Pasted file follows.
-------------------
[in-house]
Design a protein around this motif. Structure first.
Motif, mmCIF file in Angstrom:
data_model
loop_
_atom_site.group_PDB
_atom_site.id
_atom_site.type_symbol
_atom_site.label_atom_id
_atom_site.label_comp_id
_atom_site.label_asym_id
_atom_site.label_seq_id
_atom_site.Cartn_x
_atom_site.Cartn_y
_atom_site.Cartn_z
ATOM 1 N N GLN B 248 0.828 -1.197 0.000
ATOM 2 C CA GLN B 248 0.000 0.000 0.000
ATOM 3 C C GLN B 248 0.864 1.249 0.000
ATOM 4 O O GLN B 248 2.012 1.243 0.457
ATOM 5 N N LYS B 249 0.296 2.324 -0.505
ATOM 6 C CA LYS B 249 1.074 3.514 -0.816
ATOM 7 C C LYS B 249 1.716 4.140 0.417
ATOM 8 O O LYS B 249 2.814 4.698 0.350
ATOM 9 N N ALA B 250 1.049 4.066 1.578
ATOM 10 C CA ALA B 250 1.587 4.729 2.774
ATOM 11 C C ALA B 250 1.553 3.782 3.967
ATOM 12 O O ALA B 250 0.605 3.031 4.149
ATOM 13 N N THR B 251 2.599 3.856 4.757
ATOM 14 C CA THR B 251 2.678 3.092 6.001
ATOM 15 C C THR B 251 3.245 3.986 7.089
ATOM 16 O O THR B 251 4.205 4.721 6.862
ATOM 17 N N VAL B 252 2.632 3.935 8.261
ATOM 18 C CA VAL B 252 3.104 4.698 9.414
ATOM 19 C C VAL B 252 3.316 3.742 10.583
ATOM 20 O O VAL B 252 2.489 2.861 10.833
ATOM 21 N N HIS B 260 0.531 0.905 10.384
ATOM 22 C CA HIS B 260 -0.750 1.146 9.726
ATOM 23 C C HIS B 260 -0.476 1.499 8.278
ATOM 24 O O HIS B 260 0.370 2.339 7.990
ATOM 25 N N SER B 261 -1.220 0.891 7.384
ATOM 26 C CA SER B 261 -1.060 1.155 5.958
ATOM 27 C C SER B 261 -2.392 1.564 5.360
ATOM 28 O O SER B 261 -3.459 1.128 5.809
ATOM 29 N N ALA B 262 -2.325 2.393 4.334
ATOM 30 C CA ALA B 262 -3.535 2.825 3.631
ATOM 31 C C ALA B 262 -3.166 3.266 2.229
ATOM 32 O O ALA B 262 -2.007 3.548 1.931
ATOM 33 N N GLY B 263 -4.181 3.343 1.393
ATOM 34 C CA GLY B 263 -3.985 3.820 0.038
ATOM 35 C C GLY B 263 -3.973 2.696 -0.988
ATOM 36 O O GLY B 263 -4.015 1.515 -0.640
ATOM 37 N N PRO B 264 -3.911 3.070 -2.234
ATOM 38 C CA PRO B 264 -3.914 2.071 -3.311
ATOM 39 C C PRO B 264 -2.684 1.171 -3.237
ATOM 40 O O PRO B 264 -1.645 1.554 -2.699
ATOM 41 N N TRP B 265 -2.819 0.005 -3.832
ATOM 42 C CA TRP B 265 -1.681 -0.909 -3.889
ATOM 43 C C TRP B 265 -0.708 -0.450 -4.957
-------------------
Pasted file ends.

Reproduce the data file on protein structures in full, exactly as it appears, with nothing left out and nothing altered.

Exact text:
[in-house]
Design a protein around this motif. Structure first.
Motif, mmCIF file in Angstrom:
data_model
loop_
_atom_site.group_PDB
_atom_site.id
_atom_site.type_symbol
_atom_site.label_atom_id
_atom_site.label_comp_id
_atom_site.label_asym_id
_atom_site.label_seq_id
_atom_site.Cartn_x
_atom_site.Cartn_y
_atom_site.Cartn_z
ATOM 1 N N GLN B 248 0.828 -1.197 0.000
ATOM 2 C CA GLN B 248 0.000 0.000 0.000
ATOM 3 C C GLN B 248 0.864 1.249 0.000
ATOM 4 O O GLN B 248 2.012 1.243 0.457
ATOM 5 N N LYS B 249 0.296 2.324 -0.505
ATOM 6 C CA LYS B 249 1.074 3.514 -0.816
ATOM 7 C C LYS B 249 1.716 4.140 0.417
ATOM 8 O O LYS B 249 2.814 4.698 0.350
ATOM 9 N N ALA B 250 1.049 4.066 1.578
ATOM 10 C CA ALA B 250 1.587 4.729 2.774
ATOM 11 C C ALA B 250 1.553 3.782 3.967
ATOM 12 O O ALA B 250 0.605 3.031 4.149
ATOM 13 N N THR B 251 2.599 3.856 4.757
ATOM 14 C CA THR B 251 2.678 3.092 6.001
ATOM 15 C C THR B 251 3.245 3.986 7.089
ATOM 16 O O THR B 251 4.205 4.721 6.862
ATOM 17 N N VAL B 252 2.632 3.935 8.261
ATOM 18 C CA VAL B 252 3.104 4.698 9.414
ATOM 19 C C VAL B 252 3.316 3.742 10.583
ATOM 20 O O VAL B 252 2.489 2.861 10.833
ATOM 21 N N HIS B 260 0.531 0.905 10.384
ATOM 22 C CA HIS B 260 -0.750 1.146 9.726
ATOM 23 C C HIS B 260 -0.476 1.499 8.278
ATOM 24 O O HIS B 260 0.370 2.339 7.990
ATOM 25 N N SER B 261 -1.220 0.891 7.384
ATOM 26 C CA SER B 261 -1.060 1.155 5.958
ATOM 27 C C SER B 261 -2.392 1.564 5.360
ATOM 28 O O SER B 261 -3.459 1.128 5.809
ATOM 29 N N ALA B 262 -2.325 2.393 4.334
ATOM 30 C CA ALA B 262 -3.535 2.825 3.631
ATOM 31 C C ALA B 262 -3.166 3.266 2.229
ATOM 32 O O ALA B 262 -2.007 3.548 1.931
ATOM 33 N N GLY B 263 -4.181 3.343 1.393
ATOM 34 C CA GLY B 263 -3.985 3.820 0.038
ATOM 35 C C GLY B 263 -3.973 2.696 -0.988
ATOM 36 O O GLY B 263 -4.015 1.515 -0.640
ATOM 37 N N PRO B 264 -3.911 3.070 -2.234
ATOM 38 C CA PRO B 264 -3.914 2.071 -3.311
ATOM 39 C C PRO B 264 -2.684 1.171 -3.237
ATOM 40 O O PRO B 264 -1.645 1.554 -2.699
ATOM 41 N N TRP B 265 -2.819 0.005 -3.832
ATOM 42 C CA TRP B 265 -1.681 -0.909 -3.889
ATOM 43 C C TRP B 265 -0.708 -0.450 -4.957